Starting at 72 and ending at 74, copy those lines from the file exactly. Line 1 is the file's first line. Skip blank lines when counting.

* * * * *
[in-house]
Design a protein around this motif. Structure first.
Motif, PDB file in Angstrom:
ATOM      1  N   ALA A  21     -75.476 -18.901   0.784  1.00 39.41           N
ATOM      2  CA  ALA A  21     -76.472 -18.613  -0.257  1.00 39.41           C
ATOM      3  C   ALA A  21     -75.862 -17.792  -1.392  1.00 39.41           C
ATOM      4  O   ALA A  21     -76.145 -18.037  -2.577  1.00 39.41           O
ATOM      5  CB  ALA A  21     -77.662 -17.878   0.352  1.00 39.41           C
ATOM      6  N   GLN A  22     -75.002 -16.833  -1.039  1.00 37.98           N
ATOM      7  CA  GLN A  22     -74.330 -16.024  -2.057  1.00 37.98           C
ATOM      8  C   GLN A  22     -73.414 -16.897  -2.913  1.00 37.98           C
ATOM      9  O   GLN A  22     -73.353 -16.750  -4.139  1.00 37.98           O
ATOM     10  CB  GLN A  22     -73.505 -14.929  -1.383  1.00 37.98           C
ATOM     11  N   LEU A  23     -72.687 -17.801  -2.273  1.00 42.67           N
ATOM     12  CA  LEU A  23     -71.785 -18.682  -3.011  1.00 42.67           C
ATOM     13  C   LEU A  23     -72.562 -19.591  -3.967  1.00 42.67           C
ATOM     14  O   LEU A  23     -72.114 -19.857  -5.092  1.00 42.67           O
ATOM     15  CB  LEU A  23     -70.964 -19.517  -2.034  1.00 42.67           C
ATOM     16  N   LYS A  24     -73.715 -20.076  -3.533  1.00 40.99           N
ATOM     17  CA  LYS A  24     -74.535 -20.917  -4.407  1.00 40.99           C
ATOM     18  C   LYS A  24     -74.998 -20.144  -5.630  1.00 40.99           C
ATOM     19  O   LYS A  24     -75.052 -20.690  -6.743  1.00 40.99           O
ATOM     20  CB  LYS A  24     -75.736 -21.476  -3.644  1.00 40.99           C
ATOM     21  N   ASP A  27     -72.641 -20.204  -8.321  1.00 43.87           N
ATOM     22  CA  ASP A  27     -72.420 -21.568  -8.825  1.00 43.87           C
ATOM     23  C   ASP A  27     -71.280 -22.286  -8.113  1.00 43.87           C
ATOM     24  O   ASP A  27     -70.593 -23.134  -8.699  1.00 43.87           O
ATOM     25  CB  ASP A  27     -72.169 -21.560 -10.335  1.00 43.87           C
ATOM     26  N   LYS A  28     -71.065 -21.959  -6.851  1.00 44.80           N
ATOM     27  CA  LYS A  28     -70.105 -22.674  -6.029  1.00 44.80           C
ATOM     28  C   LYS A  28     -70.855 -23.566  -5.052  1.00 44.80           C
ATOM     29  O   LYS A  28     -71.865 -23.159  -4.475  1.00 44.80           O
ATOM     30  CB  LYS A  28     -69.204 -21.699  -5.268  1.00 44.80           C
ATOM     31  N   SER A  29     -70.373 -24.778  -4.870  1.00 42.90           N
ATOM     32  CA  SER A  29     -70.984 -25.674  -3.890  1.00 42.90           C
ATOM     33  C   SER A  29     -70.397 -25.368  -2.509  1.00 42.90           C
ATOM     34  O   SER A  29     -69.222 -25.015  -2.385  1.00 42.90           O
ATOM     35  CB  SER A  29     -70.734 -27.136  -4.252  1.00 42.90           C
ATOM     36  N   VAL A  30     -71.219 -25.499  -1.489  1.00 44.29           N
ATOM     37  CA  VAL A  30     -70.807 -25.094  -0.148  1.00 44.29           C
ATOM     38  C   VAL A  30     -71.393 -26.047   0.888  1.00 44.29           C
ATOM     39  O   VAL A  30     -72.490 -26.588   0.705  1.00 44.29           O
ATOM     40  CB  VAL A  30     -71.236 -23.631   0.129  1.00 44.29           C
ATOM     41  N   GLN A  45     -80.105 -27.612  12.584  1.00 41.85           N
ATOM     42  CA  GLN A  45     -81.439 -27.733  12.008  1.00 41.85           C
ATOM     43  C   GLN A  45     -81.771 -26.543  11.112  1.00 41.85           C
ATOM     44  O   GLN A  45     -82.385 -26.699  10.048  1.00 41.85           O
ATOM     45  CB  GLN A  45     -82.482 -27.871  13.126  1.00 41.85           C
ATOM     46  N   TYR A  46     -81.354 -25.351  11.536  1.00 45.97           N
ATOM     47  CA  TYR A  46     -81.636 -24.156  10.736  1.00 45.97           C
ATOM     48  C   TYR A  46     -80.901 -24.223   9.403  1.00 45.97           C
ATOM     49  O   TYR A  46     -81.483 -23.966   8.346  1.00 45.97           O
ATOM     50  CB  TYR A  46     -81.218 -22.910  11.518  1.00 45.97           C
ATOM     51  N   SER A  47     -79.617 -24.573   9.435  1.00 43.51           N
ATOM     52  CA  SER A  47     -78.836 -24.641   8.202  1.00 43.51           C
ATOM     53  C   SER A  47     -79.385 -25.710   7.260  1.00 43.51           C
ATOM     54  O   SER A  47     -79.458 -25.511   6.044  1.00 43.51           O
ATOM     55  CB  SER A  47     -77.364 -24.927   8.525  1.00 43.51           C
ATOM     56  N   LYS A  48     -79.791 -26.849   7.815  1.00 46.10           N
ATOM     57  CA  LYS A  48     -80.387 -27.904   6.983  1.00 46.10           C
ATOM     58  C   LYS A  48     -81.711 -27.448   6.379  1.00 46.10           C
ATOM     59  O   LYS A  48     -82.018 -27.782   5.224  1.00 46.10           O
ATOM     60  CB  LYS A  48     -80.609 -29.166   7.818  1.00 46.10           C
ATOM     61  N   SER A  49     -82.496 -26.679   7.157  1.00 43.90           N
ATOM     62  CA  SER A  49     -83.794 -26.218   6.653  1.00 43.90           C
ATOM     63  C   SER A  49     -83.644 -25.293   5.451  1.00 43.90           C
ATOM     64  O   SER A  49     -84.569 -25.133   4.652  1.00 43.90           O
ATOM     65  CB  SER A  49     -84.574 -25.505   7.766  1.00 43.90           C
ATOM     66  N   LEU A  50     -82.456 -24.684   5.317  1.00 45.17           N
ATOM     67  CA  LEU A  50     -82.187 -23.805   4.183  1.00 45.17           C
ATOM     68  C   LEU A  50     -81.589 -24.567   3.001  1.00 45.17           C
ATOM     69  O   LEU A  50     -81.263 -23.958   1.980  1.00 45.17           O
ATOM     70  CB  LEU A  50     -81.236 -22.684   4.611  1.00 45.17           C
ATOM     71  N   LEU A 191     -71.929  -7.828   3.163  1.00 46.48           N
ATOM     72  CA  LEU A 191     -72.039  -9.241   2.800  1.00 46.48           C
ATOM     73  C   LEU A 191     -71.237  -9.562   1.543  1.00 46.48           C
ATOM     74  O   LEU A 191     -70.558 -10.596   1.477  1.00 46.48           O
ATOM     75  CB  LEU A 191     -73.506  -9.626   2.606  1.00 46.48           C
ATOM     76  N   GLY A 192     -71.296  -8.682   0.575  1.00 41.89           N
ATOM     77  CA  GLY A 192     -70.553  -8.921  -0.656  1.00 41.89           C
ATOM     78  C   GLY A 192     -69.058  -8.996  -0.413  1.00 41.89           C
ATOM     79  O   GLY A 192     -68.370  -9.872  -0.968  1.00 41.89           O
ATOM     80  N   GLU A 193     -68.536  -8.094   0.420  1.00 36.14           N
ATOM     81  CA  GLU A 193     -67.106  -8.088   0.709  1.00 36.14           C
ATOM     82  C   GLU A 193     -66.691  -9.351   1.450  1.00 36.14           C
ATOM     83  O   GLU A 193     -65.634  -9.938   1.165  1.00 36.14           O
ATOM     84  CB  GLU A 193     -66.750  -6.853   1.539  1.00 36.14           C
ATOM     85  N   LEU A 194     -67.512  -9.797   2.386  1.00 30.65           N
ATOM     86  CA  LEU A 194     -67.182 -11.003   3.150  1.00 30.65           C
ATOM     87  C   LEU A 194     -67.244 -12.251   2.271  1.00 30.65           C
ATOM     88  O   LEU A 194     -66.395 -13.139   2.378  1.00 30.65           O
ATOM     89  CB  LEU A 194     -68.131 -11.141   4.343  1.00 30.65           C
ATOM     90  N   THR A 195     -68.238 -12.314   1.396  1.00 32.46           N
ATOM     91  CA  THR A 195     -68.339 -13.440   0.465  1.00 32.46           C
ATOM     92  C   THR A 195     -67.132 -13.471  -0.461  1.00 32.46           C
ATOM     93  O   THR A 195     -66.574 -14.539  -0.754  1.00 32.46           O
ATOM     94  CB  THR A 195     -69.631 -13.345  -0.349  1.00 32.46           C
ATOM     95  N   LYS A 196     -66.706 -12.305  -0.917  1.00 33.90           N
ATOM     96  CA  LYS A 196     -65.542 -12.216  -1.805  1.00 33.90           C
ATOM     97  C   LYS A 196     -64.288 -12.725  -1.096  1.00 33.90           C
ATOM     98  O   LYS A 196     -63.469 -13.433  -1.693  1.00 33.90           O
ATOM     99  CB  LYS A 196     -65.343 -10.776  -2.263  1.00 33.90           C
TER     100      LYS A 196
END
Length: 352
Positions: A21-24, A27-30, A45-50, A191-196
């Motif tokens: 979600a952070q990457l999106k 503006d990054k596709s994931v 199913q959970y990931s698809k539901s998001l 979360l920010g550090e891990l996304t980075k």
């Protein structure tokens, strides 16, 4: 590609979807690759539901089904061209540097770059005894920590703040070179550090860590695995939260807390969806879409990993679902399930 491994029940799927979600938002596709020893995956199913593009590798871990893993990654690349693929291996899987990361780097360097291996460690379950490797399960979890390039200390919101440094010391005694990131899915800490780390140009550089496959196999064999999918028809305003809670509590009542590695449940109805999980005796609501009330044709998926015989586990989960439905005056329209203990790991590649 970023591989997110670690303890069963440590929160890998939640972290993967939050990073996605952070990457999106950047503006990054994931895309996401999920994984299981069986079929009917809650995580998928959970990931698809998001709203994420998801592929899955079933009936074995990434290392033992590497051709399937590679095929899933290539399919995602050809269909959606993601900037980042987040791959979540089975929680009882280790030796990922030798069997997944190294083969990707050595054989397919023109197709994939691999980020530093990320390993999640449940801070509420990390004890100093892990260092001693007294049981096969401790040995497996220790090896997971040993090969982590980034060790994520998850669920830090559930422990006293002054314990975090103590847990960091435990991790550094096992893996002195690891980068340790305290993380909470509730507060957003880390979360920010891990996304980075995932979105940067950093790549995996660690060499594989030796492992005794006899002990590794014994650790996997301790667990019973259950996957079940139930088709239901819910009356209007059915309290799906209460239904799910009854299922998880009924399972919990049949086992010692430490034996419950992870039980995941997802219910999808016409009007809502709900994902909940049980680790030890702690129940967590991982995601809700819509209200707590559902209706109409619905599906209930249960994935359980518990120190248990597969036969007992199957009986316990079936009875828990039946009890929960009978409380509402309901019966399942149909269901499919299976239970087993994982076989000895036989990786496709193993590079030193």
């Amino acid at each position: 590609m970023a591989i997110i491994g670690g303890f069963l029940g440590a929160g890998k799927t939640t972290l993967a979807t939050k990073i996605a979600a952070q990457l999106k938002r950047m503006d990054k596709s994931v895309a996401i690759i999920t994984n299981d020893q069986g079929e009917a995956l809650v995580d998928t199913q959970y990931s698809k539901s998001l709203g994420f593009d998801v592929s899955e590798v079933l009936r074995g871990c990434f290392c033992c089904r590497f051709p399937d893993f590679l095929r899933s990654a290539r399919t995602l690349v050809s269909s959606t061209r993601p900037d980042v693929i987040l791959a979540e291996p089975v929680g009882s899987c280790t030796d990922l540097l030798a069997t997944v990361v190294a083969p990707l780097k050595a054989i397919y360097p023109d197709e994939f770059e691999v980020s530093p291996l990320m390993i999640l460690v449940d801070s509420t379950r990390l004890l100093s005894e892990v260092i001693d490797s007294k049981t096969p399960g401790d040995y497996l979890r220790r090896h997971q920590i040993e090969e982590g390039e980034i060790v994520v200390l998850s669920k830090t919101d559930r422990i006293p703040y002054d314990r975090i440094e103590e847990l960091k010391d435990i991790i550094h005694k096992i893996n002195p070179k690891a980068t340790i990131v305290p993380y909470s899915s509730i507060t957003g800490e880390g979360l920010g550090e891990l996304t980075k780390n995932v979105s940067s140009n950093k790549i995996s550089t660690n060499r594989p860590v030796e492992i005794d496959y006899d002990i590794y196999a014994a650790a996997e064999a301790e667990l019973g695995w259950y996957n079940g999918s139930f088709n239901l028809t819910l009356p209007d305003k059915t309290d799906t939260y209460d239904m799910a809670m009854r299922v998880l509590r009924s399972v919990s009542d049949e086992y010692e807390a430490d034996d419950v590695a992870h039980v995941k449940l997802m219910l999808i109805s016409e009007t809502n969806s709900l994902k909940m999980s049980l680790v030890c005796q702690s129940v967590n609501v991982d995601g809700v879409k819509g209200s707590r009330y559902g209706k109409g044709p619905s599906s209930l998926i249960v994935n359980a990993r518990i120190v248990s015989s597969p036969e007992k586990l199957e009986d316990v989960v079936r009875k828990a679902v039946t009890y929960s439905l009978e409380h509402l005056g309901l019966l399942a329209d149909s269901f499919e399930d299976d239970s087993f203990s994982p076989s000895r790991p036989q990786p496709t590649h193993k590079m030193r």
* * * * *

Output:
ATOM     69  O   LEU A  50     -81.263 -23.958   1.980  1.00 45.17           O
ATOM     70  CB  LEU A  50     -81.236 -22.684   4.611  1.00 45.17           C
ATOM     71  N   LEU A 191     -71.929  -7.828   3.163  1.00 46.48           N